Operational management

From CEOpedia | Management online
Jump to: navigation, search
Operational management
Primary topic
Related topics
Methods and techniques

In the narrow sense operational management concerns the management of primary (production or services) and secondary processes. Basic processes are directly related to the implementation of key goals: production, purchases and sales of products, services. Secondary processes concern for tasks such as: supply, transportation, storage, operational support, maintenance, record keeping.

Operational management as management function

However, in a broader sense operational management include all aspects that are associated with the processes of transformation of the factors of production (inputs) into finished goods or services provided to customers (outputs). Result of the transformation process: products manufactured or services rendered. Activities enlarging the value of goods produced and services rendered are taking place as a result of implementing a variety of operations, such as research and development, logistics (supply, production, distribution) and financial decisions, personnel development, etc.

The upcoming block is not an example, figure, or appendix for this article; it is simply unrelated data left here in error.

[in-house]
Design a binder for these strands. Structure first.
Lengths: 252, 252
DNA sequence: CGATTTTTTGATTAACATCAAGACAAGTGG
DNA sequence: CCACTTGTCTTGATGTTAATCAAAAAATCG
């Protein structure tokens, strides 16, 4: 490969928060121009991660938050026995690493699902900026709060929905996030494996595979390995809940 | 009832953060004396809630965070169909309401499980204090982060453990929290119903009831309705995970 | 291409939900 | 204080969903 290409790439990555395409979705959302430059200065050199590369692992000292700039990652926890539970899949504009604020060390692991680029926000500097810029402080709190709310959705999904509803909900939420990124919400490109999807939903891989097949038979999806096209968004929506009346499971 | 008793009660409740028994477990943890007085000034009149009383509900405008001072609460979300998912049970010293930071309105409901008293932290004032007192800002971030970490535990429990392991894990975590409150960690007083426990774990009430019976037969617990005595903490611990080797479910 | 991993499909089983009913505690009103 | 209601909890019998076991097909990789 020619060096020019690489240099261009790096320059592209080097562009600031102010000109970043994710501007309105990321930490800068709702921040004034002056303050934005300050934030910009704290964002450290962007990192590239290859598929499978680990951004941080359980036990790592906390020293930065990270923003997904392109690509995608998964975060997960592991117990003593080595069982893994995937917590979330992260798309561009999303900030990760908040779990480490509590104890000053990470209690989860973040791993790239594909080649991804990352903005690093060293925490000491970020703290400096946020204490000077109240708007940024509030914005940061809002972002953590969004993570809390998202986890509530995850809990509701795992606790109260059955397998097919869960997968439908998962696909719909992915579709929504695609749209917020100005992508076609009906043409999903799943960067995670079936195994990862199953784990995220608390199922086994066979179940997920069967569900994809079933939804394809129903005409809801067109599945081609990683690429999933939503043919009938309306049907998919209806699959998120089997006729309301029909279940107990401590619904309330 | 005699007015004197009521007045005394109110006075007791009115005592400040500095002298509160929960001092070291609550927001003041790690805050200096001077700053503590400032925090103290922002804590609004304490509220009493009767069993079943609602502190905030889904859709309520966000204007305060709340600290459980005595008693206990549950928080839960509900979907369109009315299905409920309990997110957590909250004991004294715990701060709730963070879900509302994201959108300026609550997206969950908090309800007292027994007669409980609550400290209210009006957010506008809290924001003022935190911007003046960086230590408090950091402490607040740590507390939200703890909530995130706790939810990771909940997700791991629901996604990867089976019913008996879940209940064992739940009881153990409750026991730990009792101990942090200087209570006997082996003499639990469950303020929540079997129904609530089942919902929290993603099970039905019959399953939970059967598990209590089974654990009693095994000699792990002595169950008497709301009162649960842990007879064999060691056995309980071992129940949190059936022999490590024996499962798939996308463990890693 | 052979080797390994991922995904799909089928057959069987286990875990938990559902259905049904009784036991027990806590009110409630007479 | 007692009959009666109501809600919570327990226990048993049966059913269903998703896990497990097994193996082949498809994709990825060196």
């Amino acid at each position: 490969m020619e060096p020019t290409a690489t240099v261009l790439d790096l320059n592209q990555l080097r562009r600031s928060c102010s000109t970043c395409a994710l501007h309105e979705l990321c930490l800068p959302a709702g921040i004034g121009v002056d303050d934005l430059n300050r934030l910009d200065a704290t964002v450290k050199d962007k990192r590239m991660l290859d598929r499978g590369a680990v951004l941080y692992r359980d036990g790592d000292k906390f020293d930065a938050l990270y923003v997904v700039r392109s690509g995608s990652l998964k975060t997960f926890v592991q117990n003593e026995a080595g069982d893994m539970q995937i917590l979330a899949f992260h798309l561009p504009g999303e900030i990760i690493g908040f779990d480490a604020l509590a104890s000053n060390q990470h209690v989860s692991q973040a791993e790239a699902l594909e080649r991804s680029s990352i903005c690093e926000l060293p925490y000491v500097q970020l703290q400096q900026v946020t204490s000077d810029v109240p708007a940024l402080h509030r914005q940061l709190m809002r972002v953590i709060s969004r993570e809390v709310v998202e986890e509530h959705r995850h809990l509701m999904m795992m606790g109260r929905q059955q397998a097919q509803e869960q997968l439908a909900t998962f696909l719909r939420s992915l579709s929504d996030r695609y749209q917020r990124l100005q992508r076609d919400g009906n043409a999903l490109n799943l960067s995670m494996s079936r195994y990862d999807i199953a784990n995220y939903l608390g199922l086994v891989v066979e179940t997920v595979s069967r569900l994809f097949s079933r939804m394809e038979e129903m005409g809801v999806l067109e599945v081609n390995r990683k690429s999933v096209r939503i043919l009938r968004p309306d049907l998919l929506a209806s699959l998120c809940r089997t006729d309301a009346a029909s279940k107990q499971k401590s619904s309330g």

Operational management is the oldest business management function. Without effective implementation of operational functions other company functions such as marketing, finance, research and development becomes irrelevant.

Development of operational management

The development of operational management occurred during the industrial revolution (eighteenth / nineteenth century), resulting from the rapid changes in technical, economic and social areas related to the emergence of large-scale industry factory and industrial civilization. During this period machine production was first used on a massive scale, running the recurring processes. Improvement resulted in eighteenth and nineteenth century from scientific works by: Adam Smith (1766), James Watt (1769), Eli Whitney (1799). They proved the growing importance of the organization of production and labour as a factor of competitiveness.


Author: Krzysztof Wozniak